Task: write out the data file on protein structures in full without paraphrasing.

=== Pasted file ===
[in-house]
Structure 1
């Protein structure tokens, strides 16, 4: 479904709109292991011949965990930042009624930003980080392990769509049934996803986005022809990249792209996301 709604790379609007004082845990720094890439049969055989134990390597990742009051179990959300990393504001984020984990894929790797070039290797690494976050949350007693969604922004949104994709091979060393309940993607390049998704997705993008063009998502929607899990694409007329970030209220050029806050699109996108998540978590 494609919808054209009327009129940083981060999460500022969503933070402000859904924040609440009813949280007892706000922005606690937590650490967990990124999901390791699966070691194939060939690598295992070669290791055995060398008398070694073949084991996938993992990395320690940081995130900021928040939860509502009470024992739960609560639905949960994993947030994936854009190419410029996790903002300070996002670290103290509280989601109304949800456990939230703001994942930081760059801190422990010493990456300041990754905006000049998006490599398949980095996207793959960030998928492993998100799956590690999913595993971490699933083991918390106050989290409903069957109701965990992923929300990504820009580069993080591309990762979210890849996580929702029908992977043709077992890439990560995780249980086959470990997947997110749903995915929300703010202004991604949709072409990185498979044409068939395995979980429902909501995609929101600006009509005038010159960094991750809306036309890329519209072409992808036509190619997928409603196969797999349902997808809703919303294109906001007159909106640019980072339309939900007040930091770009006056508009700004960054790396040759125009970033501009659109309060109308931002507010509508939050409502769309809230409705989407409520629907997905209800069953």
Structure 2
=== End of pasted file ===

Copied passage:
[in-house]
Structure 1
């Protein structure tokens, strides 16, 4: 479904709109292991011949965990930042009624930003980080392990769509049934996803986005022809990249792209996301 709604790379609007004082845990720094890439049969055989134990390597990742009051179990959300990393504001984020984990894929790797070039290797690494976050949350007693969604922004949104994709091979060393309940993607390049998704997705993008063009998502929607899990694409007329970030209220050029806050699109996108998540978590 494609919808054209009327009129940083981060999460500022969503933070402000859904924040609440009813949280007892706000922005606690937590650490967990990124999901390791699966070691194939060939690598295992070669290791055995060398008398070694073949084991996938993992990395320690940081995130900021928040939860509502009470024992739960609560639905949960994993947030994936854009190419410029996790903002300070996002670290103290509280989601109304949800456990939230703001994942930081760059801190422990010493990456300041990754905006000049998006490599398949980095996207793959960030998928492993998100799956590690999913595993971490699933083991918390106050989290409903069957109701965990992923929300990504820009580069993080591309990762979210890849996580929702029908992977043709077992890439990560995780249980086959470990997947997110749903995915929300703010202004991604949709072409990185498979044409068939395995979980429902909501995609929101600006009509005038010159960094991750809306036309890329519209072409992808036509190619997928409603196969797999349902997808809703919303294109906001007159909106640019980072339309939900007040930091770009006056508009700004960054790396040759125009970033501009659109309060109308931002507010509508939050409502769309809230409705989407409520629907997905209800069953």
Structure 2